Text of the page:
Values and Challenges of SCADA Systems for Outside-the-Fence Applications
Implementing supervisory control and data acquisition (SCADA) systems for outside-the-fence applications is gaining popularity among industries where assets are sprawled across a large geographic area. SCADA systems, however, were initially developed and optimized for inside-the-fence applications. In such setups, machinery and infrastructure are typically co-located or within short reach of a field office or central command center.
In the Industrial Internet of Things (IIoT), SCADA systems are essential for data collection, data fusion and analytics, and automating industrial processes. This is particularly true when assets are dispersed and situated in remote locations. Adopting SCADA technology for manufacturing plants without making sufficient adaptations for sprawling physical infrastructure will likely result in significant challenges for operators.
This article reviews the value of SCADA systems for automation and asset monitoring and addresses the key technological and economic challenges associated with SCADA systems in outside-the-fence applications.
The Value of SCADA Systems
SCADA systems are prime enablers of industrial automation and have been for decades. Their usefulness has been proven in manufacturing plants, oil refineries, and other environments where the SCADA host platform is co-located with the physical machinery and processes that it monitors and controls. While it’s not unusual that such operators have assets outside of the confines of central facilities and complexes, such remote assets have historically not often been integrated with SCADA systems owning to the technical and logistical difficulties that such integrations traditionally entailed.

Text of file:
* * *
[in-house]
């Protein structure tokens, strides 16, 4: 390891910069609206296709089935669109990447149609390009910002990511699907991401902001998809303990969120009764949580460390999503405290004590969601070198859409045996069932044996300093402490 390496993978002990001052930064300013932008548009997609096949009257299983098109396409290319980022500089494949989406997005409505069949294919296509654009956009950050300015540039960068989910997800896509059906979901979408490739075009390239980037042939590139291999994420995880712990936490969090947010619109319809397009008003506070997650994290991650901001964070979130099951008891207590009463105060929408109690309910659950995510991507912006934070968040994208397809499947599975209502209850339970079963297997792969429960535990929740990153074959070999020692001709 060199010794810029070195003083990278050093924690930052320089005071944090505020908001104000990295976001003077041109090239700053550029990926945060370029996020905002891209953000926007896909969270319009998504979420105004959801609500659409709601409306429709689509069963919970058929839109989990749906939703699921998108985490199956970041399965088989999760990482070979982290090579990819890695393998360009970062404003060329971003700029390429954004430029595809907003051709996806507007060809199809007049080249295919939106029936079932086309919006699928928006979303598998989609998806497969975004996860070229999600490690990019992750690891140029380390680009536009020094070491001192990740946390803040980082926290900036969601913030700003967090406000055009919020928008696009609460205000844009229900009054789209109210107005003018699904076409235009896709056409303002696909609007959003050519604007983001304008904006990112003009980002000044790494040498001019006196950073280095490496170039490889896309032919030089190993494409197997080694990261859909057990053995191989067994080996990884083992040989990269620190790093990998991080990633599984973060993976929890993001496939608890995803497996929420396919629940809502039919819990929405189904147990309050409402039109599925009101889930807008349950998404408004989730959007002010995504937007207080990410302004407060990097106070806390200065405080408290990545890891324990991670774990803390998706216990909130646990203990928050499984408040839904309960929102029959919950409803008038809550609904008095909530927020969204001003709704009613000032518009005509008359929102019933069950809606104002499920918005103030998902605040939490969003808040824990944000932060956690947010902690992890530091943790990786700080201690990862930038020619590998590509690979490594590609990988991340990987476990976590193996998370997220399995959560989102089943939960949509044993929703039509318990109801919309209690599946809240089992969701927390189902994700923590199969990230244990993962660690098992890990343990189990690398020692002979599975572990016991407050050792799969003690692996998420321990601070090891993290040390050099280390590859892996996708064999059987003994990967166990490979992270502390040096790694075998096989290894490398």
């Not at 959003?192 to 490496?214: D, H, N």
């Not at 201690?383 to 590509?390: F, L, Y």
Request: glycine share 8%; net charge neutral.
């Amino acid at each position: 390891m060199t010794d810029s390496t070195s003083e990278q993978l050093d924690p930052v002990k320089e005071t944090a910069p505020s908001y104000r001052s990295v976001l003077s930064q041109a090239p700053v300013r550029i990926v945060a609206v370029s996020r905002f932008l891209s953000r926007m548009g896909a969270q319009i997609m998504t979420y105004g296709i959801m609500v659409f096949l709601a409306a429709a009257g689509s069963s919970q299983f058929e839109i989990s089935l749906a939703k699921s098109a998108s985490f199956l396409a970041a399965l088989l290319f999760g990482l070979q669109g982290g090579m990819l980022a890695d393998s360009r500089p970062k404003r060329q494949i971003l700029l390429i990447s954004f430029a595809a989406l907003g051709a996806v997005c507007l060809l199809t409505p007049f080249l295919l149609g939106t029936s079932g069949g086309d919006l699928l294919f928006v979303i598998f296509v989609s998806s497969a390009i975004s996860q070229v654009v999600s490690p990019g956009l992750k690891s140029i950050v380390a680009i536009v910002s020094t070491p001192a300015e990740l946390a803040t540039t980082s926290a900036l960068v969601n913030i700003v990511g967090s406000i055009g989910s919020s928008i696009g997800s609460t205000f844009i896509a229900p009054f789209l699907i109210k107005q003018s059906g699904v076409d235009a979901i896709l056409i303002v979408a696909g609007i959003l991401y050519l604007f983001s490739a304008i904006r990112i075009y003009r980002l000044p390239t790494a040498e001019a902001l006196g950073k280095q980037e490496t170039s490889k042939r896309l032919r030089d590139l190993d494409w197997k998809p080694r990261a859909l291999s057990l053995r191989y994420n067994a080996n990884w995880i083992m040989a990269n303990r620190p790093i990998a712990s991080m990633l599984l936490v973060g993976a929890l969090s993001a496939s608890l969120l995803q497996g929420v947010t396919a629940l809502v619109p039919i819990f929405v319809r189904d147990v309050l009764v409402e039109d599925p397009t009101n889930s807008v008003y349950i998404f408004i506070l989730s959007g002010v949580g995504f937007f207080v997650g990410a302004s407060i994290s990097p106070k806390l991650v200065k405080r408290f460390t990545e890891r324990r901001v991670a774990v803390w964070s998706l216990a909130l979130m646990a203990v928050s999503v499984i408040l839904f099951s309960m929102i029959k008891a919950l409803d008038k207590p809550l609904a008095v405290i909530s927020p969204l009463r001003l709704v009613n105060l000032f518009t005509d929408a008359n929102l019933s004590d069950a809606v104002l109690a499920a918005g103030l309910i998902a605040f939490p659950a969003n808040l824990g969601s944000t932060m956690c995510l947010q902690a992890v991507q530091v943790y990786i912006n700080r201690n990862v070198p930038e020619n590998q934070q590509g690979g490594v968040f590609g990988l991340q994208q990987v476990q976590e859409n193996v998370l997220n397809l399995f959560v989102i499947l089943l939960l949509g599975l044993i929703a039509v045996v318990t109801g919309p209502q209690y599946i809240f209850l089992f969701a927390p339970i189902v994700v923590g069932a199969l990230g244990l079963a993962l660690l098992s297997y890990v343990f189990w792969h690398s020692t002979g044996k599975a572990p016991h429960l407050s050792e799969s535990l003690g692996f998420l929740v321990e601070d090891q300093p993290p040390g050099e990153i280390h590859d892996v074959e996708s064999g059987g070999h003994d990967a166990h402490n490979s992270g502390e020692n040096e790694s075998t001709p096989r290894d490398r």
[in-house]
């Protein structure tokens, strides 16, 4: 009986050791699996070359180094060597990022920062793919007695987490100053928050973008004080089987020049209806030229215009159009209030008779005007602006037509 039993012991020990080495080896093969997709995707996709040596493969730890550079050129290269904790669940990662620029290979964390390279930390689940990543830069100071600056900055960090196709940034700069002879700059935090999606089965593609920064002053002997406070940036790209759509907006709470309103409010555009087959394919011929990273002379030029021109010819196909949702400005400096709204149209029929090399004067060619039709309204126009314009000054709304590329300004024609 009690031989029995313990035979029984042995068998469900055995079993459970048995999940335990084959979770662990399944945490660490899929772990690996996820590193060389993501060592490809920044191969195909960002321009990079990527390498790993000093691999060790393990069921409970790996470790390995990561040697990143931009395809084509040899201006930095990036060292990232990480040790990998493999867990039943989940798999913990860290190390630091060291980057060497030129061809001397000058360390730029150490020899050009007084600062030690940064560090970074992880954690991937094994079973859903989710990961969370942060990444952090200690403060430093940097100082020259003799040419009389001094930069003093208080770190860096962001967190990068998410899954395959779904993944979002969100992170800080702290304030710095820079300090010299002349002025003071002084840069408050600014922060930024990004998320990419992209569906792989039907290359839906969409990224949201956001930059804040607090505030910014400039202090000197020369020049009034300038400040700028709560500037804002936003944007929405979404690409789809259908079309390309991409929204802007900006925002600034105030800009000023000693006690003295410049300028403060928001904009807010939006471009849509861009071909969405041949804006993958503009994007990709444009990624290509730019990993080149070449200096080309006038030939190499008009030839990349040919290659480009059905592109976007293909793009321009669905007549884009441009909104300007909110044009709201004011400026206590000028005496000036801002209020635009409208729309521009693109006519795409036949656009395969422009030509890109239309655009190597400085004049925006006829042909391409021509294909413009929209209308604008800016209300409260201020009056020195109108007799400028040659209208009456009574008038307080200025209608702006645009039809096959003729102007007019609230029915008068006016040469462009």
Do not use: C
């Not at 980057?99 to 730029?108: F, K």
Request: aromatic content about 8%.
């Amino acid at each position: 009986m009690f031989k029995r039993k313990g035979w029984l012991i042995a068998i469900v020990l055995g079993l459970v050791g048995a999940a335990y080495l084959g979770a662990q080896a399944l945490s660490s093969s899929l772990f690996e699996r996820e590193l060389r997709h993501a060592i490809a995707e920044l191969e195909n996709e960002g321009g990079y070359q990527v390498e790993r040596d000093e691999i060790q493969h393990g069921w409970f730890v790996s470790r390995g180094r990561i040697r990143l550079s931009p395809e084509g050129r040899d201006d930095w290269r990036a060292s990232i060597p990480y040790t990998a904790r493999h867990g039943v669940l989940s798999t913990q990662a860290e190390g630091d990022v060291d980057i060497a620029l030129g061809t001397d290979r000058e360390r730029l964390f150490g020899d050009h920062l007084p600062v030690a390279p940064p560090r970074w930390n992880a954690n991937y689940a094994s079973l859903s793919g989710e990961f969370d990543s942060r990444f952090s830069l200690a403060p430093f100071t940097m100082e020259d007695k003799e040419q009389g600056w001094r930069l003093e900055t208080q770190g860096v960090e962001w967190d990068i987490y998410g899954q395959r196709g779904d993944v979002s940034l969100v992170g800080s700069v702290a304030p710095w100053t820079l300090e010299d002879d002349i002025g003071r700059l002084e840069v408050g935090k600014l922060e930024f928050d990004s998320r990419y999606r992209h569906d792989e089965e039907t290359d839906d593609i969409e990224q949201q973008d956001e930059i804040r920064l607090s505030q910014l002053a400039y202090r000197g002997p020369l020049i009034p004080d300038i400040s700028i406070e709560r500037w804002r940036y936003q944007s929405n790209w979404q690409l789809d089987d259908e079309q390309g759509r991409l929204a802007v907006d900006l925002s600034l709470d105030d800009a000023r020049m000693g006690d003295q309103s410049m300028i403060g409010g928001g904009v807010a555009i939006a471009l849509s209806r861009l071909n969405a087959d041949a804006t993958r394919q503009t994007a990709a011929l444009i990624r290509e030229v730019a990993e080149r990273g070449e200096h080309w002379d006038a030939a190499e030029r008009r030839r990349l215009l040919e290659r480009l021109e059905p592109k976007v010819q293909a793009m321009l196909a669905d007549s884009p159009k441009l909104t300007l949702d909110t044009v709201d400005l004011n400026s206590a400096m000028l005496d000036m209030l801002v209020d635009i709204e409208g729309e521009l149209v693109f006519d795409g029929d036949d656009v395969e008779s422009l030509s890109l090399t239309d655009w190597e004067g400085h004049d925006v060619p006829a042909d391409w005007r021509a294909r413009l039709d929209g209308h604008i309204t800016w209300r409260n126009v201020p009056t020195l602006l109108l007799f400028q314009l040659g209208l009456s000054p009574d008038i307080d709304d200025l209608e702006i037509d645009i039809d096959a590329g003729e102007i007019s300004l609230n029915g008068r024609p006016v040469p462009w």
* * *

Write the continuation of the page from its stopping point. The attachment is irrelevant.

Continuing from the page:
However, there are significant benefits to be realized when integrating SCADA systems with infrastructure situated in remote locations. Without continuous monitoring solutions, operators with dispersed assets have zero visibility on a real-time or even consistent basis about the health of such equipment. With SCADA systems and data analytics platforms, operators can work proactively to maintain their networks rather than respond only after an issue has already presented itself. SCADA systems also offer robust and reliable capabilities for continuous and near-real-time monitoring and automation in remote locations.
For both inside- and outside-the-fence applications, SCADA systems provide a variety of benefits for operators. These include increased information throughput, mitigation of safety risks, reduced down-time (RDT), and the ability to extract insights for long-term value creation and asset optimization, including predictive maintenance. Additionally, SCADA systems offer reliability and stability unmatched by competing solutions for industrial control.
Challenges for New Applications
SCADA systems are rapidly being adopted for monitoring and industrial automation for outside-the-fence applications. The adoption has been particularly strong in the areas of water, wastewater, electric power, and natural gas. Naturally, there have been challenges during this period. Operators using outside-the-fence monitoring face challenges that inside-the-fence applications simply do not.